Dispatches from Sherman—
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Agreement Between Sherman and Johnson for an Armistice and
a Basis for Peace—Sherman's Action Disapproved
WAR DEPARTMENT, WASHINGTON,
Yesterday evening a bearer of dispatches arrived from General Sherman. An agreement for a suspension of hostilities, and a memorandum of what is called a basis for peace, had been entered into on the 18th inst., by General Sherman, with the rebel General Johnson, Brigadier Gen. Breckenridge was present at the conference. A Cabinet meeting was held at 8 o'clock in the evening, at which the action of Gen. Sherman was disapproved by the President, by the Secretary of War, by Gen. Grant
and by every member of the Cabinet. Gen. Sherman was ordered to resume hostilities immediately, and was directed that the instructions given by the late President, in the following telegram, which was penned by Mr. Lincoln 'himself, at the capital, on the night of the 8d of March, were approved by President Andrew Johnson, and were reiterated to govern the action of military commanders.
On the night of the 3d of March, while President Lincoln and big Cabinet were at the Capitol, a telegram from Gen. Grant was brought to the Secretary of War, informing him that Gen. Lee bad requested an interview, or conference, to make an arrangement for terms of peace. The letter of Gen.
Lee was published in a letter to Davis and to the rebel Congress. Gen. Grant's telegram was submitted to Mr. Lincoln, who, after pondering a few minutes, took up his pen and wrote with his own hand the following reply, which he submitted to the Secretary of State and Secretary of War. It was then dated, addressed and signed by the Secretary of War, and telegraphed to Gen. Grant:
WASHINGTON, March 3,1865—12 P.M.
Lieut. Gen. Grant:
The President directs me to say to you that he wishes you to have no conference with Gen. Lee, unless it be for the capitulation of Gen. Lee's army, or on some minor or purely military matter. He instructs me to say that you are not to decide, discuss or confer upon any political questions. Such questions the President holds in his own hands and will submit them to no military conferences or conventions. Meantime, you are to press to the utmost your military advantages.
Signed E. M. STANTON.
Secretary of War.
The orders of Gen. Sherman to General and for Reasons for Disapproving the Agreement.
This proceeding of Gen. Sherman was unapproved for the following, among many other reasons:
1. It was an exercise of authority not vested in Gen. Sherman, and its face shows that both he and Johnston knew he (Gen. Sherman) had no authority to enter into any such arrangement.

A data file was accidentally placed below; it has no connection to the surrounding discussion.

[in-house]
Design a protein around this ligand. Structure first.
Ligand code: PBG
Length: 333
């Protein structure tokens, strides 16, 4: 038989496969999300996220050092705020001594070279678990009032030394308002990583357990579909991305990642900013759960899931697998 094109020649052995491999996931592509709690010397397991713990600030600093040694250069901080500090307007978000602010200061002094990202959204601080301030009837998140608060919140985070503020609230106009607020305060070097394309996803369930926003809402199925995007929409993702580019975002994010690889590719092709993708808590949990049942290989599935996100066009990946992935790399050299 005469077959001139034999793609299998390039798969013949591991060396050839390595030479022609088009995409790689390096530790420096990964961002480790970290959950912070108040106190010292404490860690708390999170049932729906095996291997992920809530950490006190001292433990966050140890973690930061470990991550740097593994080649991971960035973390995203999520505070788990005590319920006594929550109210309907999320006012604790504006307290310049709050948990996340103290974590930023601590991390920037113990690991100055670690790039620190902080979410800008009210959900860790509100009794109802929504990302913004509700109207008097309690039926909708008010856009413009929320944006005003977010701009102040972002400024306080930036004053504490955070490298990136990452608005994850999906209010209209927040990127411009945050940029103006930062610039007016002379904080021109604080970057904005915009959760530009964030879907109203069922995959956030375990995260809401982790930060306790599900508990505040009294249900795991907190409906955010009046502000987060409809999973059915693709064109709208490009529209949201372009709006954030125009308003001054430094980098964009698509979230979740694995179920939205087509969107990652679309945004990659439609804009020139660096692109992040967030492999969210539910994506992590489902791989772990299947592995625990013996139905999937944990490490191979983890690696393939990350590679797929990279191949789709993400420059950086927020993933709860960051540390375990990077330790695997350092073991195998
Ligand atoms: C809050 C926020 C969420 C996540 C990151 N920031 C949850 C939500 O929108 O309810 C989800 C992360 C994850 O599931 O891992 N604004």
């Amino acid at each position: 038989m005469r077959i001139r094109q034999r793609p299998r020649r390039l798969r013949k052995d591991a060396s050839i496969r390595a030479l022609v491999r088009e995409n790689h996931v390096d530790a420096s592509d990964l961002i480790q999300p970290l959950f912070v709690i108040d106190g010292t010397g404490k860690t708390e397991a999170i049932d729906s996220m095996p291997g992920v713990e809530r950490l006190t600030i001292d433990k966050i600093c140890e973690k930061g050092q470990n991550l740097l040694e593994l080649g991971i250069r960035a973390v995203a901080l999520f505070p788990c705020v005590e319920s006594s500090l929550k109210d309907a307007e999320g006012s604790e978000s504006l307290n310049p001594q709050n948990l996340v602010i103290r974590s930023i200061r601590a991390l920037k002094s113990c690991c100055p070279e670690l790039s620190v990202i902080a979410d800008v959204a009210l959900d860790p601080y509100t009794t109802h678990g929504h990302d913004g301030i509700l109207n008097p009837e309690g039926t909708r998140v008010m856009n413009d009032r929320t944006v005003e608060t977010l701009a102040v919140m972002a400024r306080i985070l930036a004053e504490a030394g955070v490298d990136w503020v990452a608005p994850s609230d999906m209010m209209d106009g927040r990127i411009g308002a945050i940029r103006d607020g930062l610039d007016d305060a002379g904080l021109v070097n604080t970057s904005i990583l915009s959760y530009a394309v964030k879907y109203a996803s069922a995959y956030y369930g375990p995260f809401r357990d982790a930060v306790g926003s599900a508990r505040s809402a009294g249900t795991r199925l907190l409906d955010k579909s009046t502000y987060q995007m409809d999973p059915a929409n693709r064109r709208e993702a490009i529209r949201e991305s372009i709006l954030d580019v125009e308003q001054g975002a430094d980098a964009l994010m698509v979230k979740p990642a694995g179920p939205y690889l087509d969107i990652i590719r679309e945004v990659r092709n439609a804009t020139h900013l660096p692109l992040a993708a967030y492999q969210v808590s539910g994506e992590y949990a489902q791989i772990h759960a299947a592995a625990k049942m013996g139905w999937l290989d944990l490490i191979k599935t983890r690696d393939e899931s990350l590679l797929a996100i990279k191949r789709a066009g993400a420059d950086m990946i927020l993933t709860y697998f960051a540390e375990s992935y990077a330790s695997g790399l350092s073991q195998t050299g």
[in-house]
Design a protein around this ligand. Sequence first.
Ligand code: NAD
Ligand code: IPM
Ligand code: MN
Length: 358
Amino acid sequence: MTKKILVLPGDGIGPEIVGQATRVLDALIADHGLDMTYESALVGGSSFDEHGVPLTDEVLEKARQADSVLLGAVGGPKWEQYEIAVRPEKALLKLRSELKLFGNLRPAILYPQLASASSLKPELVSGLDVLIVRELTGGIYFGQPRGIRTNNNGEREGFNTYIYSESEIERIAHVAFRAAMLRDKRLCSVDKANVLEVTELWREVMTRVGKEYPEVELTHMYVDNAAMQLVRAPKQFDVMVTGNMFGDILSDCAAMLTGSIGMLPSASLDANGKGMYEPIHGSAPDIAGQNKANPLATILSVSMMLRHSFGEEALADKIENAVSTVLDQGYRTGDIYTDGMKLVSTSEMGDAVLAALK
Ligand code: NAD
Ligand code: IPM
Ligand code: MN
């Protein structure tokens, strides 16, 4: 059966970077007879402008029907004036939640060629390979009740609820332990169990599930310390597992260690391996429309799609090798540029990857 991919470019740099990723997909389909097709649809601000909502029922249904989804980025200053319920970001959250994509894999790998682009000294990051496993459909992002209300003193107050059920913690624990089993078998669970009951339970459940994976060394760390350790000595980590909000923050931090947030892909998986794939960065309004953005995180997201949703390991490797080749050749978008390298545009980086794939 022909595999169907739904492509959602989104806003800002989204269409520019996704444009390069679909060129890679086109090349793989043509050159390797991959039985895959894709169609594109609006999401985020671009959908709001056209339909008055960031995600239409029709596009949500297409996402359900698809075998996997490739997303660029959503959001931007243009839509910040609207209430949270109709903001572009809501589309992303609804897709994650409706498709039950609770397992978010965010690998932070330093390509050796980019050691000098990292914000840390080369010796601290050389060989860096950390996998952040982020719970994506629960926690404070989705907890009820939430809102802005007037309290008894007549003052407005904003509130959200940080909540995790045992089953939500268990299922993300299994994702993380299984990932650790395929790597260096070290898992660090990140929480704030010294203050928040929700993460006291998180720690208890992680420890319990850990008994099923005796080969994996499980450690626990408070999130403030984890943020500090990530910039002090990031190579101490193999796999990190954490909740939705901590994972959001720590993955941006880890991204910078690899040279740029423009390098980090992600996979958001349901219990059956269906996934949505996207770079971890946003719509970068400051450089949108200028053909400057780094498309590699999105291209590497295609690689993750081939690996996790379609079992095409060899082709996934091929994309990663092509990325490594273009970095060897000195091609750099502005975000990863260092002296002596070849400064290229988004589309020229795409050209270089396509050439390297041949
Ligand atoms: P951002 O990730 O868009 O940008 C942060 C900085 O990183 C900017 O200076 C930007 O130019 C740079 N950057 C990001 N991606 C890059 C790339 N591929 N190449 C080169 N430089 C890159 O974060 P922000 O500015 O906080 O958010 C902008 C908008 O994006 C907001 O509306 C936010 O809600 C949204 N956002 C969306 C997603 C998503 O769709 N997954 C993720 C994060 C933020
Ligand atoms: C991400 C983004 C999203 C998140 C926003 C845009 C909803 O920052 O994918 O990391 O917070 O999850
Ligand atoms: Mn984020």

2. It was a practical acknowledgment of the rebel Government.
3. It undertook to re-establish the rebel State Governments, that bad been overthrown at the sacrifice of many thousand loyal lives, and an immense treasure, and placed arms and munitions of war in the hands of rebels, at their respective capitals, which might be used as soon as the armies of the United States were disbanded, and used to conquer and subdue the loyal Status.
4. By the restoration of the rebel authorities in their respective Slates, they would be hotblooded to re-establish slavery.
6. It might furnish a ground of responsibility by the Federal Government to pay the rebel debt, and certainly,subjects loyal citizens of the rebel States to the debt consummated by the rebels in the name of the State.
6. It put in dispute the existence of loyal State Governments and the new State of United States West Virginia, which had been rerecorded by every department of the United States Government.
7. It practically abolished the confiscated a detailed report will be forwarded as soon as they are completed. The quantity of cotton will probably reach 3,000 bales,— and there is a large amount of prisoners and forage.
Major-General Hancock reports that nearly all of Mosby's command have surrendered, including nearly or quite all of the officers except Mosey himself. Some of Mosby's own men are hunting for a reward of $2,000, offered for him by Gen. Hancock who has been directed to establish his headquarters at Washington.
The counties of Prince George, Charles and St. Mary's have during the whole war been noted for hostility to the government, and its protection to rebel blockade runners, rebel spies, and every species of public entryway.
The murderer of the President harbored there before the murder, and Booth fled in that direction. If he escapes it will be owing to rebel accomplices in that direction.
The military commander of the department will surely take measures tn bring these rebel sympathizers and accomplices is the murder to a sense of their criminal conduct.
E. M. STANTON,
Secretary of War.
Coshocton Democrat May 3, 1865